Timothy Merrill writes about visiting his 7-year-old daughter during lunch period at school. The cafeteria is filled with about 150 kids and assorted parents.
The noise is deafening. All mouths are open at once: talking, yelling, laughing, singing, crying and so on. He finds it difficult to even speak to his daughter and be heard.
After 25 minutes suddenly the cafeteria monitor leans into a microphone and makes an announcement. “Time for silent lunch, children. No talking.”
Instantly it is so quiet you can hear a pin drop. Despite the call for no noise, he leans over to another parent and asks what is going on. The parent explains.
“If we don’t have silent lunch, the children don’t eat. They’re so busy talking and doing other stuff, they forget to eat. If they have to be quiet, well, they might as well eat their lunch. So, the last five minutes of lunch period is silent lunch. That’s when they eat.”
Beautiful! Someone at that school had clearly studied psychology. In a moment of quiet, a person can be fed.
That truth doesn’t just hold in the physical realm. It also holds spiritually and emotionally. James, likely one of the brothers of Jesus, writes in the New Testament about living the good life. His advice is this: “My dear brothers, take note of this: Everyone should be quick to listen, slow to speak and slow to become angry, 20 for man’s anger does not bring about the righteous life that God desires.” – James 1:19.
Beautiful! That’s advice so relevant to our situation today that it can be written on the bathroom mirror so we see it every day: We must be slow to speak and be angry, quick to listen.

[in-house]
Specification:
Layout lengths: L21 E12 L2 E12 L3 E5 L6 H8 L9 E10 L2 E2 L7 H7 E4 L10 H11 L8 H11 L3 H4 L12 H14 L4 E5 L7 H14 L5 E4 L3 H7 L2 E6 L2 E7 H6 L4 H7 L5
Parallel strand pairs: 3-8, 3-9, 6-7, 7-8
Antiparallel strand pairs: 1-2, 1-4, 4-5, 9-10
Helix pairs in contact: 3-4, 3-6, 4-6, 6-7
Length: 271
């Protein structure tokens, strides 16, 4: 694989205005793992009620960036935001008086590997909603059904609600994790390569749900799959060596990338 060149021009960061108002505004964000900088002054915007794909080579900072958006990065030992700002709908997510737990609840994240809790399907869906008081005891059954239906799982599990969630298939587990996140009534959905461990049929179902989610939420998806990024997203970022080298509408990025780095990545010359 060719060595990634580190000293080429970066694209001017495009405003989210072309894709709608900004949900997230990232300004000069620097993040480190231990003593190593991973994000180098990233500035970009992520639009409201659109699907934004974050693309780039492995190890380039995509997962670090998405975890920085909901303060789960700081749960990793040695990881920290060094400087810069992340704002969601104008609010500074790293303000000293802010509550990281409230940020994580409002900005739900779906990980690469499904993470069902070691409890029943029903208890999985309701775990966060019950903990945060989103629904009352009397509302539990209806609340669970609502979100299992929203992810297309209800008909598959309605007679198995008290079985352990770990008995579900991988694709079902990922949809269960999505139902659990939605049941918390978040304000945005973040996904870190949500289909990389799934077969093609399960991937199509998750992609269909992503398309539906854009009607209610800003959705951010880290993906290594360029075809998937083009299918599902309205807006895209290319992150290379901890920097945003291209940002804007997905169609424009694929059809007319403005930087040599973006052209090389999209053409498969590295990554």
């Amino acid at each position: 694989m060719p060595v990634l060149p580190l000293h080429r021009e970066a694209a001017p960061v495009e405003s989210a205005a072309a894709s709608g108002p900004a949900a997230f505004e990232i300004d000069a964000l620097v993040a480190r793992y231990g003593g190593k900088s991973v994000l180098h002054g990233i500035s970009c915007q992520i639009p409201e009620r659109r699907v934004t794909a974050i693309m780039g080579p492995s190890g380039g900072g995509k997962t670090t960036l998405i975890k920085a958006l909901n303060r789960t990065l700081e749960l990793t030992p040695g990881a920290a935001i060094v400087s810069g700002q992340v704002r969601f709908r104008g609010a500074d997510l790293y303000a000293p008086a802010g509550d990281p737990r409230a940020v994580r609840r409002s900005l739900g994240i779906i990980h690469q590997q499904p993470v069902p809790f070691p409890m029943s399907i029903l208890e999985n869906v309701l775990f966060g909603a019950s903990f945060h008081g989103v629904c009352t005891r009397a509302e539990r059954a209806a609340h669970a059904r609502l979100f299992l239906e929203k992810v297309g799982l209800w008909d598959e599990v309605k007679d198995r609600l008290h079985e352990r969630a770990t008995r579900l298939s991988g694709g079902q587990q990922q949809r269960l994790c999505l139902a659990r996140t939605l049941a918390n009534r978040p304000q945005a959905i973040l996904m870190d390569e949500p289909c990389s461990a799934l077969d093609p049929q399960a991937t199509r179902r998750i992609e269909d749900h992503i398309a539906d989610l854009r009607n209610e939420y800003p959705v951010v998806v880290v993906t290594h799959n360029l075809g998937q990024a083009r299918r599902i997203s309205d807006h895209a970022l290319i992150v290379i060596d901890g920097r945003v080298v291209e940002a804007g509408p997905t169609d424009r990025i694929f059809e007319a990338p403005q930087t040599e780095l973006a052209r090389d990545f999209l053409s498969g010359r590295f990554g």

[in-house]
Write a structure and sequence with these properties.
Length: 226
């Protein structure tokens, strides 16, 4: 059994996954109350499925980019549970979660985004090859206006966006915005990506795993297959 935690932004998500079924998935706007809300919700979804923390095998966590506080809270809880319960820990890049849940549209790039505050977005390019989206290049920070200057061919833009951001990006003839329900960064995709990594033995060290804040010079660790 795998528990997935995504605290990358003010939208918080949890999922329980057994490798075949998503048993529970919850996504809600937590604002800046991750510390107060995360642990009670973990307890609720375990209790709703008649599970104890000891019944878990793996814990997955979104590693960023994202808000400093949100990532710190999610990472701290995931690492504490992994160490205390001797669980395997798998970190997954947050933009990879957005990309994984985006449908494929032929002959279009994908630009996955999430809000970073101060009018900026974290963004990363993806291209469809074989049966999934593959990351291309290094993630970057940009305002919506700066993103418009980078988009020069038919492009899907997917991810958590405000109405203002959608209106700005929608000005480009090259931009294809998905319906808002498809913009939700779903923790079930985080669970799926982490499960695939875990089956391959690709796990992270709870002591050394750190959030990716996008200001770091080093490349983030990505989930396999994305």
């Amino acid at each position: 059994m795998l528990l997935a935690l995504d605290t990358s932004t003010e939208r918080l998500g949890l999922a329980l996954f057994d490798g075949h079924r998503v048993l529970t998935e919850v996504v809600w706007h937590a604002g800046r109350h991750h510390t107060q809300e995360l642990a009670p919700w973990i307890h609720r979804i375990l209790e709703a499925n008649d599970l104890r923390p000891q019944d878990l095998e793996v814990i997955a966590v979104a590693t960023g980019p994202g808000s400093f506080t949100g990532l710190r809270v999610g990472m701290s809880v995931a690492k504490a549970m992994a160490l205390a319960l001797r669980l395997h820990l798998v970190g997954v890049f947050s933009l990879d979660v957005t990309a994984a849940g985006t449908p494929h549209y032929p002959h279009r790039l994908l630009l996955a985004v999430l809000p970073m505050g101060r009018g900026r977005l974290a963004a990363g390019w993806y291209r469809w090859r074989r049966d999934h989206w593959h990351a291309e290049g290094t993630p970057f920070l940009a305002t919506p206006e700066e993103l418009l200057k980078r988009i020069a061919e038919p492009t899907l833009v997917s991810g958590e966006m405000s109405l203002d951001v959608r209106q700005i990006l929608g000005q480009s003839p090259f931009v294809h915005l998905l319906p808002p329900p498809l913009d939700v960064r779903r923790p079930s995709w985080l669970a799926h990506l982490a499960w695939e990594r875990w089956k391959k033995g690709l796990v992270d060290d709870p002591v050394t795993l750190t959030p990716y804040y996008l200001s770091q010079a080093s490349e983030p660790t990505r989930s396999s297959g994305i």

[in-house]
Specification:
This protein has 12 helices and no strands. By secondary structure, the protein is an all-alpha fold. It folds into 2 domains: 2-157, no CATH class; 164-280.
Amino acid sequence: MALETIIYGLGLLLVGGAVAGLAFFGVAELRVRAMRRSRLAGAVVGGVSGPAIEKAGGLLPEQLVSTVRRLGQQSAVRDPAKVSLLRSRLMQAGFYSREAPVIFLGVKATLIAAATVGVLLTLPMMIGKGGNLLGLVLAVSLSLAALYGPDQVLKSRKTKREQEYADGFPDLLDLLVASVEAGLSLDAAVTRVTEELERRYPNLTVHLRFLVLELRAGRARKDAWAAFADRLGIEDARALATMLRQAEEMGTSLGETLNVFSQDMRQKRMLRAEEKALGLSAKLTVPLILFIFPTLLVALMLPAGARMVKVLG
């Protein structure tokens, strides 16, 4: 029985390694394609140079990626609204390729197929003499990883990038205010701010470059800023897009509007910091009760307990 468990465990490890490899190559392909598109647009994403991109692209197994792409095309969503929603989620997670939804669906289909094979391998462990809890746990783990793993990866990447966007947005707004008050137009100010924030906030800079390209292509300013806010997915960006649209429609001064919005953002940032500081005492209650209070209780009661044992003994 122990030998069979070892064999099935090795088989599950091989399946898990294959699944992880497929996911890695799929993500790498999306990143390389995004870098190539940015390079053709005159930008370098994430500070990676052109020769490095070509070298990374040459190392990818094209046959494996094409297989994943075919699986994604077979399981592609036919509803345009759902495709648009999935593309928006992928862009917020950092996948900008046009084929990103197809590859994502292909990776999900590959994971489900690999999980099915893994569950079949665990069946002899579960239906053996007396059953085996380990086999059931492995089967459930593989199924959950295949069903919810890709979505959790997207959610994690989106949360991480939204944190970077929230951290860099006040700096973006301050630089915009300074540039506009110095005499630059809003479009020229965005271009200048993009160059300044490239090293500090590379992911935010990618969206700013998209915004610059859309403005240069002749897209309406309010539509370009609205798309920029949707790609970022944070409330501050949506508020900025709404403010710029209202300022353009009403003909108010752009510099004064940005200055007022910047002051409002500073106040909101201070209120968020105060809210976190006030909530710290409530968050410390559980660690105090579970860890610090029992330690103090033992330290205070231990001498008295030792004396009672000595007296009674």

More than ever, everyone seems to have an opinion on every subject and to be quite animated that their side is the only one that is right. And we communicate that at every possible moment, in every possible way: talking, yelling, laughing, singing, crying and so on.
But then I envision the school cafeteria and quiet lunch and I see a different way to live. I don’t have to constantly add to the noise. I can bring a little brown bag of quiet lunch with me wherever I go.
And perhaps we should note that there is certainly a godly anger that springs up when we see others hurting and that motivates us to do good for them. James is not against that. But the instant anger that springs up every time someone says something I don’t agree with doesn’t come from God.
So pay attention to your heart. Is it hurting? Do you feel any hunger pangs? Then the next time you are around family or friends, bring along a little quiet lunch. Who knows? It might be the best lunch you’ve ever eaten.
Rick Cupp is minister at Kenai Fellowship. Sunday worship at 11 a.m., posted live on Facebook.